Tuesday, April 26, 2011

The Rock in the Pond

Given the power and potential of social media as a marketing tool, there is considerable interest in understanding how it interacts with traditional media as part of a broader mix.

There is a considerable amount of work going on in this area across a broad spectrum of social miners and digital pathway attribution seekers. But sometimes you can be too close to something to see it clearly. If you’re looking for the social media interaction from within the realm of the digital world, you may see “patterns” in the data that seem to establish relationships, but are in reality collinear with other larger forces taking place both within the beyond the total marketing mix (not to mention exhibiting dangerously “drunk thinking”).

To really understand how social and traditional media work together, I’ve been examining many econometric models from across multiple industries where there was a substantial investment in traditional media (e.g. TV, print, direct mail, etc.). Some of these models studied brands or companies where there was no material social media activity. Others had added a substantial social media element to the mix of variables. In all cases, a broad spectrum of “uncontrollable” variables (e.g. macro and micro economic factors, competitive marketing activities, category consumption trends, distribution changes, etc.) were added to the models to further refine the understanding of the impact of the marketing tactics alone and in concert. A few observations seem to be arising:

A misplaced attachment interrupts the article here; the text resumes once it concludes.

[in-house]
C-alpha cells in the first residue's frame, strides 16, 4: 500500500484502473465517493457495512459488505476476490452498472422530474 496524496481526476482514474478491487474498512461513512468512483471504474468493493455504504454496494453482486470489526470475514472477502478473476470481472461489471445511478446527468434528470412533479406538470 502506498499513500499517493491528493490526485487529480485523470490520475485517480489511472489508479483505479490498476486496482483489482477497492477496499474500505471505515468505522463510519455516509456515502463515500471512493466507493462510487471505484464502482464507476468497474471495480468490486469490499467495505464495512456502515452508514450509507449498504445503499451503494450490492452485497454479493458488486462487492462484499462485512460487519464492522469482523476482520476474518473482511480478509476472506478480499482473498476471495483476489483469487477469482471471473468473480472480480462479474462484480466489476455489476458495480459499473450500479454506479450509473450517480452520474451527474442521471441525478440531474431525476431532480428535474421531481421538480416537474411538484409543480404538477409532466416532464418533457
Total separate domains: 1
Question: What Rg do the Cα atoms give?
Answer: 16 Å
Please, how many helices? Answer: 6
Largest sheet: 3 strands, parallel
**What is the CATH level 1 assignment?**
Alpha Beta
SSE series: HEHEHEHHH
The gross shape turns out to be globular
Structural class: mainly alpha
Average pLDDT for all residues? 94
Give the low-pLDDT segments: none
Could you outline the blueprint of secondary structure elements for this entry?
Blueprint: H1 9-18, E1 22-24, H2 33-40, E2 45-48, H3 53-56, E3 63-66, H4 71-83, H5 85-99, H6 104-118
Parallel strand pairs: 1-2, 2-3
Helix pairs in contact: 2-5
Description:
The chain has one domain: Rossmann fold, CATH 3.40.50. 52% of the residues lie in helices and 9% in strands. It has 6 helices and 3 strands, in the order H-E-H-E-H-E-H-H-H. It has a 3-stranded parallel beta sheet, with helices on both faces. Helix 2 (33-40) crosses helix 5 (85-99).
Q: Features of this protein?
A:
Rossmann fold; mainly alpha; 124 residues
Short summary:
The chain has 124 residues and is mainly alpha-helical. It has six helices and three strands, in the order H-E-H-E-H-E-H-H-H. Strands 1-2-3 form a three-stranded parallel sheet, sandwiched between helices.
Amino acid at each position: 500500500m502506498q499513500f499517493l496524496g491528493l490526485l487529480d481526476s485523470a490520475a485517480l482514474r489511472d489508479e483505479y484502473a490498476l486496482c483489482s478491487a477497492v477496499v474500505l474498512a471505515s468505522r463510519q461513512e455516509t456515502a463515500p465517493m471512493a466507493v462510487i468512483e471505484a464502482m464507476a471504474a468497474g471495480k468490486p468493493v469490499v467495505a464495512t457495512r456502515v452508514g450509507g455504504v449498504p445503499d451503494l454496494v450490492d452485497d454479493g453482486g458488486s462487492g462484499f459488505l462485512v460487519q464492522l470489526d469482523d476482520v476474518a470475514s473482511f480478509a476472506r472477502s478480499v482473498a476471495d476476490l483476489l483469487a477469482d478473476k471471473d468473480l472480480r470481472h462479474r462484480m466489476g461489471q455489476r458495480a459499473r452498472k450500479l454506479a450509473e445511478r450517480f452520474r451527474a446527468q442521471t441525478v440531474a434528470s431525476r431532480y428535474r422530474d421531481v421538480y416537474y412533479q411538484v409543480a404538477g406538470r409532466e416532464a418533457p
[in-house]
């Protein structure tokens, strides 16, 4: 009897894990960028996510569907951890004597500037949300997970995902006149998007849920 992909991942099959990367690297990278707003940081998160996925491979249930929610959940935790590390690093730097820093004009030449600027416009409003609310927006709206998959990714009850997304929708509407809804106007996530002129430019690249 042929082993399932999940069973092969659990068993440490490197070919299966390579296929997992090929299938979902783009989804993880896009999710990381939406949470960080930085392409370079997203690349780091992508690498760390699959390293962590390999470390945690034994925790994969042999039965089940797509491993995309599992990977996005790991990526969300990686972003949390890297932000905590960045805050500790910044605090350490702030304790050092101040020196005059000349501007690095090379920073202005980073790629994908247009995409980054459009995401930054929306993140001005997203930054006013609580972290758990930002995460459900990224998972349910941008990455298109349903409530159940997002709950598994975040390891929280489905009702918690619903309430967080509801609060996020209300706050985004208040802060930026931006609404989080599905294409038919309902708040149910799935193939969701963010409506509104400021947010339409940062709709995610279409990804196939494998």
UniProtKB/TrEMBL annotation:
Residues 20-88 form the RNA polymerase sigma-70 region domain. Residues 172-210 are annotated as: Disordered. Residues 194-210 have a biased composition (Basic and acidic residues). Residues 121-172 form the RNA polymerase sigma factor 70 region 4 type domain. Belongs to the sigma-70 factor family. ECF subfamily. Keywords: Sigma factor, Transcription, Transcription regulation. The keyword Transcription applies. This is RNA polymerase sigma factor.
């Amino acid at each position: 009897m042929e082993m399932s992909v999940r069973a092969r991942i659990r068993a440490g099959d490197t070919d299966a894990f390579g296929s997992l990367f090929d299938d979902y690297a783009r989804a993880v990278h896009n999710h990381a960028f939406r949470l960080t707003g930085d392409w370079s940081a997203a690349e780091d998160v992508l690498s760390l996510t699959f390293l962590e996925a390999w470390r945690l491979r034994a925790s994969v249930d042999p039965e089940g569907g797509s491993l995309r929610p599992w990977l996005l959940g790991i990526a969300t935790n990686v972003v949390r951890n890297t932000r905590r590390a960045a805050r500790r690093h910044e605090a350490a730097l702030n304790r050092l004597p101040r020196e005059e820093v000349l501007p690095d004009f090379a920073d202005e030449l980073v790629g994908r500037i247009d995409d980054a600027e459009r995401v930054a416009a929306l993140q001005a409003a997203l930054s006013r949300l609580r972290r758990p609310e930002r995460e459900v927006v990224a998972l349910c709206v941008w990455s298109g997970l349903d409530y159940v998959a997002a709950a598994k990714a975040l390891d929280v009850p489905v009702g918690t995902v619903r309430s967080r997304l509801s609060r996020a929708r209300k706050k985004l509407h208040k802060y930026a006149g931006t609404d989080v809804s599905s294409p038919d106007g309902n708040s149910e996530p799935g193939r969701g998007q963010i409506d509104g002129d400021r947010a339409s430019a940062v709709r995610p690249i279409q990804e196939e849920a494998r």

1. Traditional media can often be the “rock in the pond of social media”. When the message delivered by traditional media is either very good or unfortunately very bad, the media message reverberates throughout the social spectrum like shock waves through a still pond hit by a rock.
  2. This “ripple effect” can add substantially to the overall impact of the traditional media and boost the financial payback significantly.
  3. Modelers regularly miss this insight if their methods are set to read the impact of the social media alone, or are looking only at the online tactical elements.
  4. Missing this causes many marketers to UNDER-ESTIMATE THE REAL VALUE OF THE TRADITIONAL MEDIA and over-estimate the digital elements. In some cases by as much as 20% to 40%.

The simple fact is that if there was NO stimulus from the traditional media (or if the impact was beneath some observable threshold), there would be no material reverberation in the social media space. Not that you couldn’t cause some social buzz without traditional media, but doing so usually requires some combination of A) catching creative lightning in a bottle and going viral; B) discounting to abnormally heavy levels; C) “borrowing interest” in forms like celebrity endorsement, customer loyalty programs, etc.; or D) experiencing something unfortunately negative which everyone seems to take notice of. In any case, those social-only strategies tend to be either unexpectedly expensive or very rare (one in a million perhaps?).

Using traditional media is still the most RELIABLE way to get a message out quickly and uniformly. And by investing in effective copy engineering processes (at the proven intersection of customer insights and relevant creative disruption), you can toss your rock confidently into the pond of social media and expect to see waves of profitable opportunity arrive on your shore.

Pat LaPointe is Executive Vice President at MarketShare, and Managing Editor of MarketingNPV Journal, the most widely read journal of marketing measurement, available online FREE at www.MarketingNPV.com.